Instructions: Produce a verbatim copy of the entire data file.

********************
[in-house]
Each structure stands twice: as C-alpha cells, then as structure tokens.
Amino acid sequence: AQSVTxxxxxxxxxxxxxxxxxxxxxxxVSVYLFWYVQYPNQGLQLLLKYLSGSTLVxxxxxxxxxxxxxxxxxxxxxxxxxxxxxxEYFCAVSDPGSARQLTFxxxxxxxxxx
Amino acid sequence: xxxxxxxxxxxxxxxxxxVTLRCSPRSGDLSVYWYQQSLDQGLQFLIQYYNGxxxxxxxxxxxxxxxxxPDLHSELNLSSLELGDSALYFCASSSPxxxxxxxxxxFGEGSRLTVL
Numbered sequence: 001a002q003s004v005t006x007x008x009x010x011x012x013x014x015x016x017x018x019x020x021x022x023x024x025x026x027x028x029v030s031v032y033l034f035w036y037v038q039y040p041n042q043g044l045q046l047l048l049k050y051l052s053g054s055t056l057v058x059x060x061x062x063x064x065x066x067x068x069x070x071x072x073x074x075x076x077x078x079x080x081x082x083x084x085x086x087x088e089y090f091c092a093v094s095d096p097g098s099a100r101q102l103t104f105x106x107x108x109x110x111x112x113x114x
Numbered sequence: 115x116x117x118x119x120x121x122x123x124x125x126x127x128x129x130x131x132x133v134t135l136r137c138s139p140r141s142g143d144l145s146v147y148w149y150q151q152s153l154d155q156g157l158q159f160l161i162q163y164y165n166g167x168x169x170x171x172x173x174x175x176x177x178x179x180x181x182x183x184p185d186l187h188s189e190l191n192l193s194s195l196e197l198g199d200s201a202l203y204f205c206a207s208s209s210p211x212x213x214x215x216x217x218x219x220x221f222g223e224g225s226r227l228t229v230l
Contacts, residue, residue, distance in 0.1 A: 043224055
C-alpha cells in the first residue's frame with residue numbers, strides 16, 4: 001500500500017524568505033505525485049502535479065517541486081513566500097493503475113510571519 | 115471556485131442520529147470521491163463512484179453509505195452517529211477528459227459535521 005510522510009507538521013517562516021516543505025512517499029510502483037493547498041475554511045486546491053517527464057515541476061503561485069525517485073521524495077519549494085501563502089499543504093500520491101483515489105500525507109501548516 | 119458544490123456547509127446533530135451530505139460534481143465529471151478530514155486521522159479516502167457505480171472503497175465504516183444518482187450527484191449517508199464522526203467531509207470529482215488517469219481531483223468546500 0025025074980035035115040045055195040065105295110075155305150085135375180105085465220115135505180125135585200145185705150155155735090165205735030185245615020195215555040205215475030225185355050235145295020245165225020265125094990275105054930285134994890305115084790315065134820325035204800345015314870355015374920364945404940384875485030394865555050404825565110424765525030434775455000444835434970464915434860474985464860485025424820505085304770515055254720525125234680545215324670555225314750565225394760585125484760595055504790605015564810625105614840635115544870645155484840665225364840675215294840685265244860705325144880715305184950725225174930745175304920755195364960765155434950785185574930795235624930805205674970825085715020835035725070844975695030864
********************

[in-house]
Each structure stands twice: as C-alpha cells, then as structure tokens.
Amino acid sequence: AQSVTxxxxxxxxxxxxxxxxxxxxxxxVSVYLFWYVQYPNQGLQLLLKYLSGSTLVxxxxxxxxxxxxxxxxxxxxxxxxxxxxxxEYFCAVSDPGSARQLTFxxxxxxxxxx
Amino acid sequence: xxxxxxxxxxxxxxxxxxVTLRCSPRSGDLSVYWYQQSLDQGLQFLIQYYNGxxxxxxxxxxxxxxxxxPDLHSELNLSSLELGDSALYFCASSSPxxxxxxxxxxFGEGSRLTVL
Numbered sequence: 001a002q003s004v005t006x007x008x009x010x011x012x013x014x015x016x017x018x019x020x021x022x023x024x025x026x027x028x029v030s031v032y033l034f035w036y037v038q039y040p041n042q043g044l045q046l047l048l049k050y051l052s053g054s055t056l057v058x059x060x061x062x063x064x065x066x067x068x069x070x071x072x073x074x075x076x077x078x079x080x081x082x083x084x085x086x087x088e089y090f091c092a093v094s095d096p097g098s099a100r101q102l103t104f105x106x107x108x109x110x111x112x113x114x
Numbered sequence: 115x116x117x118x119x120x121x122x123x124x125x126x127x128x129x130x131x132x133v134t135l136r137c138s139p140r141s142g143d144l145s146v147y148w149y150q151q152s153l154d155q156g157l158q159f160l161i162q163y164y165n166g167x168x169x170x171x172x173x174x175x176x177x178x179x180x181x182x183x184p185d186l187h188s189e190l191n192l193s194s195l196e197l198g199d200s201a202l203y204f205c206a207s208s209s210p211x212x213x214x215x216x217x218x219x220x221f222g223e224g225s226r227l228t229v230l
Contacts, residue, residue, distance in 0.1 A: 043224055
C-alpha cells in the first residue's frame with residue numbers, strides 16, 4: 001500500500017524568505033505525485049502535479065517541486081513566500097493503475113510571519 | 115471556485131442520529147470521491163463512484179453509505195452517529211477528459227459535521 005510522510009507538521013517562516021516543505025512517499029510502483037493547498041475554511045486546491053517527464057515541476061503561485069525517485073521524495077519549494085501563502089499543504093500520491101483515489105500525507109501548516 | 119458544490123456547509127446533530135451530505139460534481143465529471151478530514155486521522159479516502167457505480171472503497175465504516183444518482187450527484191449517508199464522526203467531509207470529482215488517469219481531483223468546500 0025025074980035035115040045055195040065105295110075155305150085135375180105085465220115135505180125135585200145185705150155155735090165205735030185245615020195215555040205215475030225185355050235145295020245165225020265125094990275105054930285134994890305115084790315065134820325035204800345015314870355015374920364945404940384875485030394865555050404825565110424765525030434775455000444835434970464915434860474985464860485025424820505085304770515055254720525125234680545215324670555225314750565225394760585125484760595055504790605015564810625105614840635115544870645155484840665225364840675215294840685265244860705325144880715305184950725225174930745175304920755195364960765155434950785185574930795235624930805205674970825085715020835035725070844975695030864